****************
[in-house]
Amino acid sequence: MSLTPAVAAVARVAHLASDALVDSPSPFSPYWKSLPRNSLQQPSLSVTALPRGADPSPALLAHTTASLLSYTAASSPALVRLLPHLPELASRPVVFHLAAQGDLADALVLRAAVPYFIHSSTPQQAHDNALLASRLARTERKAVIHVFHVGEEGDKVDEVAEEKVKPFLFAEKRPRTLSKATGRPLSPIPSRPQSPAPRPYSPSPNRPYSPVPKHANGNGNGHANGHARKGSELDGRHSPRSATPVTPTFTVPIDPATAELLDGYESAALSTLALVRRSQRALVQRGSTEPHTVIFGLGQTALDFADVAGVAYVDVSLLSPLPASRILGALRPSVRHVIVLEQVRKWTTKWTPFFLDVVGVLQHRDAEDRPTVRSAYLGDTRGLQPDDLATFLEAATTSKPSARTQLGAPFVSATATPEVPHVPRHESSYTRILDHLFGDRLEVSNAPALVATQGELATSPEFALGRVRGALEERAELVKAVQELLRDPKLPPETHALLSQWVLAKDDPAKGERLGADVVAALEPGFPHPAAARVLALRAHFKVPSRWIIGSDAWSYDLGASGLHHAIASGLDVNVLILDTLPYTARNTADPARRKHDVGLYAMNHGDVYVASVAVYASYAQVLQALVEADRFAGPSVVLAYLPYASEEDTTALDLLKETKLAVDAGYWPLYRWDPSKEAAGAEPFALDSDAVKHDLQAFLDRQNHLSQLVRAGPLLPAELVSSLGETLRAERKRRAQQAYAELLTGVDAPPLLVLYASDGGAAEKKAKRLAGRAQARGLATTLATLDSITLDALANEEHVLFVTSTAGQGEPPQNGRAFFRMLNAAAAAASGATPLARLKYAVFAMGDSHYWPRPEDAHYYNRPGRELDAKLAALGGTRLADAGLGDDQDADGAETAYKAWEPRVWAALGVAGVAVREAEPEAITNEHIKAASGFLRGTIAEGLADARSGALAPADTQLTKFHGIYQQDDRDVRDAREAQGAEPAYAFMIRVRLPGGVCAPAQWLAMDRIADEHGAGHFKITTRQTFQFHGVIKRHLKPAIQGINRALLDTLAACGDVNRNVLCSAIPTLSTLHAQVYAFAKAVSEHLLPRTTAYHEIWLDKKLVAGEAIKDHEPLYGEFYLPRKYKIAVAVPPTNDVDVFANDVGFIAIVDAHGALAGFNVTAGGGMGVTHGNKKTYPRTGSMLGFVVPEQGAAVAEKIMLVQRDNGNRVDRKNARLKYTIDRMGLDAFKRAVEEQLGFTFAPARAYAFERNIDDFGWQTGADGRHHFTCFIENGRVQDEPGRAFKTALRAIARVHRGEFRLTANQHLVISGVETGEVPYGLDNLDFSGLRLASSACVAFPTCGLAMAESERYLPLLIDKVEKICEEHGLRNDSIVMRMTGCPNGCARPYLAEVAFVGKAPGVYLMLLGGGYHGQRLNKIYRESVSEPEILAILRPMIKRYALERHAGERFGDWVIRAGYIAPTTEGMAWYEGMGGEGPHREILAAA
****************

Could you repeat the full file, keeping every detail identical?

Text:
[in-house]
Amino acid sequence: MSLTPAVAAVARVAHLASDALVDSPSPFSPYWKSLPRNSLQQPSLSVTALPRGADPSPALLAHTTASLLSYTAASSPALVRLLPHLPELASRPVVFHLAAQGDLADALVLRAAVPYFIHSSTPQQAHDNALLASRLARTERKAVIHVFHVGEEGDKVDEVAEEKVKPFLFAEKRPRTLSKATGRPLSPIPSRPQSPAPRPYSPSPNRPYSPVPKHANGNGNGHANGHARKGSELDGRHSPRSATPVTPTFTVPIDPATAELLDGYESAALSTLALVRRSQRALVQRGSTEPHTVIFGLGQTALDFADVAGVAYVDVSLLSPLPASRILGALRPSVRHVIVLEQVRKWTTKWTPFFLDVVGVLQHRDAEDRPTVRSAYLGDTRGLQPDDLATFLEAATTSKPSARTQLGAPFVSATATPEVPHVPRHESSYTRILDHLFGDRLEVSNAPALVATQGELATSPEFALGRVRGALEERAELVKAVQELLRDPKLPPETHALLSQWVLAKDDPAKGERLGADVVAALEPGFPHPAAARVLALRAHFKVPSRWIIGSDAWSYDLGASGLHHAIASGLDVNVLILDTLPYTARNTADPARRKHDVGLYAMNHGDVYVASVAVYASYAQVLQALVEADRFAGPSVVLAYLPYASEEDTTALDLLKETKLAVDAGYWPLYRWDPSKEAAGAEPFALDSDAVKHDLQAFLDRQNHLSQLVRAGPLLPAELVSSLGETLRAERKRRAQQAYAELLTGVDAPPLLVLYASDGGAAEKKAKRLAGRAQARGLATTLATLDSITLDALANEEHVLFVTSTAGQGEPPQNGRAFFRMLNAAAAAASGATPLARLKYAVFAMGDSHYWPRPEDAHYYNRPGRELDAKLAALGGTRLADAGLGDDQDADGAETAYKAWEPRVWAALGVAGVAVREAEPEAITNEHIKAASGFLRGTIAEGLADARSGALAPADTQLTKFHGIYQQDDRDVRDAREAQGAEPAYAFMIRVRLPGGVCAPAQWLAMDRIADEHGAGHFKITTRQTFQFHGVIKRHLKPAIQGINRALLDTLAACGDVNRNVLCSAIPTLSTLHAQVYAFAKAVSEHLLPRTTAYHEIWLDKKLVAGEAIKDHEPLYGEFYLPRKYKIAVAVPPTNDVDVFANDVGFIAIVDAHGALAGFNVTAGGGMGVTHGNKKTYPRTGSMLGFVVPEQGAAVAEKIMLVQRDNGNRVDRKNARLKYTIDRMGLDAFKRAVEEQLGFTFAPARAYAFERNIDDFGWQTGADGRHHFTCFIENGRVQDEPGRAFKTALRAIARVHRGEFRLTANQHLVISGVETGEVPYGLDNLDFSGLRLASSACVAFPTCGLAMAESERYLPLLIDKVEKICEEHGLRNDSIVMRMTGCPNGCARPYLAEVAFVGKAPGVYLMLLGGGYHGQRLNKIYRESVSEPEILAILRPMIKRYALERHAGERFGDWVIRAGYIAPTTEGMAWYEGMGGEGPHREILAAA